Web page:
After you are dead, you may be dead. Certainly this is true even if you believe in an Afterlife or Reincarnation. No matter your belief structure, this life on this Earth with these memories is the only one of its kind you will ever have. If you die and are worm food, this is true. If there is an Afterlife, this is true. If you are reincarnated, this is true. But we all each of us rely on a system where we strive for the betterment of ourselves and future generations. We call the system civilization and we rely on the work of thousands upon millions of others who built it up to the behemoth we take for granted. The knowledge of a thousand scientists means we can expect lifespans well in advance of 30, women can look forward to not dying in childbirth, gays no longer have to hide for fear of life and death, blacks aren’t kept as slaves, and douches like your friend didn’t die as child labor in some company town or sweatshop or stuck on a farm tilling soil and living one’s life according to the whims of the elements and various invaders.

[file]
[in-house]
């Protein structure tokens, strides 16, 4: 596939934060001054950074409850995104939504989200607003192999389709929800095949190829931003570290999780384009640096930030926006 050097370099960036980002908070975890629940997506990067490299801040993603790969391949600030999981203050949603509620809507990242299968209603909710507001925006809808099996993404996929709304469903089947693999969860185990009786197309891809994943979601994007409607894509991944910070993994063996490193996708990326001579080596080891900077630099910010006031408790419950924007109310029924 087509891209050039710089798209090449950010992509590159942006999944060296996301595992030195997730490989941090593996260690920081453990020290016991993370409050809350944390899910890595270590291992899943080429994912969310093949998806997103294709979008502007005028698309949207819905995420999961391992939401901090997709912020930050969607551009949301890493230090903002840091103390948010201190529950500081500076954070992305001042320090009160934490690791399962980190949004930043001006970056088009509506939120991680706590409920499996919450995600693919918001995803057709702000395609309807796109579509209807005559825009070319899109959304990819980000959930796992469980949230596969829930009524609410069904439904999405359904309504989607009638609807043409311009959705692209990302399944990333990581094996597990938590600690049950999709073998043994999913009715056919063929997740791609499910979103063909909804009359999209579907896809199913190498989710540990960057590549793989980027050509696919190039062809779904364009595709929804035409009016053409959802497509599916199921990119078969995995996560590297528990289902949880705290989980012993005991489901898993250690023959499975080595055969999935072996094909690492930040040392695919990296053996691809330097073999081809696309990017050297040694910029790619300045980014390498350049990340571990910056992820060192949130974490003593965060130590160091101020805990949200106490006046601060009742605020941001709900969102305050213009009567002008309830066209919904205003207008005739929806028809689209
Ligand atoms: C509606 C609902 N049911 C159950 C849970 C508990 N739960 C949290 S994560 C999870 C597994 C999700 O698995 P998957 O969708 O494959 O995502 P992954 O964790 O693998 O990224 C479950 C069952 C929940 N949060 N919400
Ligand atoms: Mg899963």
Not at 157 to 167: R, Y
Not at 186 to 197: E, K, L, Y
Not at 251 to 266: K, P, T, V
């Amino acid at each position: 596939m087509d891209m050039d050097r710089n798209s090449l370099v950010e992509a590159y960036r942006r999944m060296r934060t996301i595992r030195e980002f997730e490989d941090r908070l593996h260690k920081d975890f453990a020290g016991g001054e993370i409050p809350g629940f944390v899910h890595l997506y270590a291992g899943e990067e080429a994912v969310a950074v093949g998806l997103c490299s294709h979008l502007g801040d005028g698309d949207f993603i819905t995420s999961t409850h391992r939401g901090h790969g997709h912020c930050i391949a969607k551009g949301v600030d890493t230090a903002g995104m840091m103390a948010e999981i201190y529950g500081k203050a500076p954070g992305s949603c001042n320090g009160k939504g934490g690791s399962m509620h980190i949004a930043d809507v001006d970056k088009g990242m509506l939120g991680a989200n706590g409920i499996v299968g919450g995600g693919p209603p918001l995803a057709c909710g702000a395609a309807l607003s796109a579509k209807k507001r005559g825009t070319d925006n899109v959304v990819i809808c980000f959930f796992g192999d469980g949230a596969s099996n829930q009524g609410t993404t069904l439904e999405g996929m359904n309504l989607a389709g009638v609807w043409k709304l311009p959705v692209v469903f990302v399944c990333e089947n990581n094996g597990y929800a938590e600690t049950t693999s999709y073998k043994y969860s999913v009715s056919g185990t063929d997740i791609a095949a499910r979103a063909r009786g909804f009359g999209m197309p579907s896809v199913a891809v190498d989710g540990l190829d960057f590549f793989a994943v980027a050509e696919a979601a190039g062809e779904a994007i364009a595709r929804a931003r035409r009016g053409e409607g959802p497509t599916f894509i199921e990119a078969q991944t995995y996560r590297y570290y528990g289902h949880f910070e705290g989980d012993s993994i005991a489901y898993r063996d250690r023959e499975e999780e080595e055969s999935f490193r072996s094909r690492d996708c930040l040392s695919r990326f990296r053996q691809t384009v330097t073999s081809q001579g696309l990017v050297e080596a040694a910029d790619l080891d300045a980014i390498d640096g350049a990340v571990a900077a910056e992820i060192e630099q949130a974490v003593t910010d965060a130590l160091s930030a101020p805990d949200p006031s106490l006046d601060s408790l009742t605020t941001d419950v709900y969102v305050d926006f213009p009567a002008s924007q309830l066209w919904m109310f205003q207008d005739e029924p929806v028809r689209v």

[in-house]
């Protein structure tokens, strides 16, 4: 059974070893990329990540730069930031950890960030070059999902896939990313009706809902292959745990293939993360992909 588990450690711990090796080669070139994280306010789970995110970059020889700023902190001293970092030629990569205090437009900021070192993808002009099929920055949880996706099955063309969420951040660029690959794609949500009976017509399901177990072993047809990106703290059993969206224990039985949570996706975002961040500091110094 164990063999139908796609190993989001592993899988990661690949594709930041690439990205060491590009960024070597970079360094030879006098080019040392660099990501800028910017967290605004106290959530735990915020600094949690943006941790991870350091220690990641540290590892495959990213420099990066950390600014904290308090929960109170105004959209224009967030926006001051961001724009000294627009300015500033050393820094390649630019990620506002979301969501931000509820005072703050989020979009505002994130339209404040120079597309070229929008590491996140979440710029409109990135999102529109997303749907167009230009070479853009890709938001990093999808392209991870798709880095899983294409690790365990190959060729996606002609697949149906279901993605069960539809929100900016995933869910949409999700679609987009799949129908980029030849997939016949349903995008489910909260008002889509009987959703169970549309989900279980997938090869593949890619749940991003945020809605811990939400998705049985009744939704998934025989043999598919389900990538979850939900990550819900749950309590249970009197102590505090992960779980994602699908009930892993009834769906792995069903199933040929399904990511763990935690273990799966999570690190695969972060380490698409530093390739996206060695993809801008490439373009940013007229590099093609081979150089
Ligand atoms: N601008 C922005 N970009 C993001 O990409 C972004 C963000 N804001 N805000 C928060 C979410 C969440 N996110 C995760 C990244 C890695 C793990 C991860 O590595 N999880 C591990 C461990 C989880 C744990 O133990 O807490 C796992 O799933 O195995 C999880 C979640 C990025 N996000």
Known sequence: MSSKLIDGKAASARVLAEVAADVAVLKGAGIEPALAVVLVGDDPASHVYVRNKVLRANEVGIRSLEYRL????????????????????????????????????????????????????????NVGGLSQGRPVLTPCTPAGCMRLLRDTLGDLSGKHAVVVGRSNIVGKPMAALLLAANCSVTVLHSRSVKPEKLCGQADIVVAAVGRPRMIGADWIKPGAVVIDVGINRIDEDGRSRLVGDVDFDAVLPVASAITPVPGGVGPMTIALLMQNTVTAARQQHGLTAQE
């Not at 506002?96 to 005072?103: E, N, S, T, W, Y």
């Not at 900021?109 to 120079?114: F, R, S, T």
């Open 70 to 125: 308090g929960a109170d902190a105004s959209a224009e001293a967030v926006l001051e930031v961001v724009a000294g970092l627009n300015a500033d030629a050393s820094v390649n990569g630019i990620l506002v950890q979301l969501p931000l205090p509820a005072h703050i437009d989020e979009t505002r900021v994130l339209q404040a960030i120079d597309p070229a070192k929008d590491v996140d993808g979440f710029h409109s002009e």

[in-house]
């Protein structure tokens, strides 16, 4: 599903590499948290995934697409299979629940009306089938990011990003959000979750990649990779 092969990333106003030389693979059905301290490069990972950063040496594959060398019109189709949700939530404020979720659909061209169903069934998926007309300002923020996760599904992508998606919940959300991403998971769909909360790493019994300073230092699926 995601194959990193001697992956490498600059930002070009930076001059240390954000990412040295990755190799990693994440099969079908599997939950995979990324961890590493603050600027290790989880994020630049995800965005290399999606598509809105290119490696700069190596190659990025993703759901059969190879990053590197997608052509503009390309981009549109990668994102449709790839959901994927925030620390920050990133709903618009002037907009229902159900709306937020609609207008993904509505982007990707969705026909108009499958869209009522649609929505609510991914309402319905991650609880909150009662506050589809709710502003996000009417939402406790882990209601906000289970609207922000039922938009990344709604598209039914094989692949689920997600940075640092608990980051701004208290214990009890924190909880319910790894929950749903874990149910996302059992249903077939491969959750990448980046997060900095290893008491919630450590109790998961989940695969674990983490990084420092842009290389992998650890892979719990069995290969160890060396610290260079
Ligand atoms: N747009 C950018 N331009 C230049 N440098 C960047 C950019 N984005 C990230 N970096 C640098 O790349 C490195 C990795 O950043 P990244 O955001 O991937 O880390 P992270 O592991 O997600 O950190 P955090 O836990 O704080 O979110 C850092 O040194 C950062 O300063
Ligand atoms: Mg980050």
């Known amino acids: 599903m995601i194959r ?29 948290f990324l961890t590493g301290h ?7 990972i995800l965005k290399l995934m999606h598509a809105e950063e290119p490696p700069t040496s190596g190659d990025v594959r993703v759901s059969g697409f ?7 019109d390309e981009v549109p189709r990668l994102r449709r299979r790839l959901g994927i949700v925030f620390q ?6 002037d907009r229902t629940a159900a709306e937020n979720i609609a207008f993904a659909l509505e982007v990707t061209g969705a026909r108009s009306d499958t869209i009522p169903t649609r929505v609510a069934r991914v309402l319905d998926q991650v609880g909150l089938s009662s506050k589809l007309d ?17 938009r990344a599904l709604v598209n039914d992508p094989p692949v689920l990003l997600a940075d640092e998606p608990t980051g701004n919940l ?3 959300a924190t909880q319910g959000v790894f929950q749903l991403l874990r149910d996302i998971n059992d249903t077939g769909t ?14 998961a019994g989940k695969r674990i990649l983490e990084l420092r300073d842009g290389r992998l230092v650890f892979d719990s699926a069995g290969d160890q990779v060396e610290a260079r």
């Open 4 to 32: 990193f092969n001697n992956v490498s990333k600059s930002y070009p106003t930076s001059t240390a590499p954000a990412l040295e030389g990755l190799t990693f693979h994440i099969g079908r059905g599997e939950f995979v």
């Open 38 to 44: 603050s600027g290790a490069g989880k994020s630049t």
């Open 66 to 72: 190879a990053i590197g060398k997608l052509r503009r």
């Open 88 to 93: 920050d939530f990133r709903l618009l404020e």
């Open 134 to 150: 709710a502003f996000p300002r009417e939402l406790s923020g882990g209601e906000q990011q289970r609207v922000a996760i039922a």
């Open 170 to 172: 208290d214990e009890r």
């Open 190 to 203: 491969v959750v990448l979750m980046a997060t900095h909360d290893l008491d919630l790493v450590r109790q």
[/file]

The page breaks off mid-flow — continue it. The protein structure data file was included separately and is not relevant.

So to enjoy this life to the fullest, one requires it.

Yeah, basically I answered your question three times already.

Comment #365: Cerberus  on  11/23  at  11:41 PM

I mean, I get that most non-sociopaths want to preserve the species, including, I hope, most of us here… but I don’t know specifically why we want to do that.

Because species that don’t want to survive typically don’t. Nobody is the descendant of someone who failed to reproduce.

Comment #366: Chet  on  11/23  at  11:41 PM

DTG’s friend just wants to be a sociopathic parasite.

I actually told him that he had a totally parasitic attitude, and again his response was essentially, “So what?  Everyone of us is a parasite in some way or another.  People who practice eco-friendly behaviors mainly do so because they want to tell themselves that they are good people, and they want others to praise them for being good people.  While it might feel warm and fuzzy to hear those things while you are alive, it won’t matter once you’re not.” He really truly doesn’t care.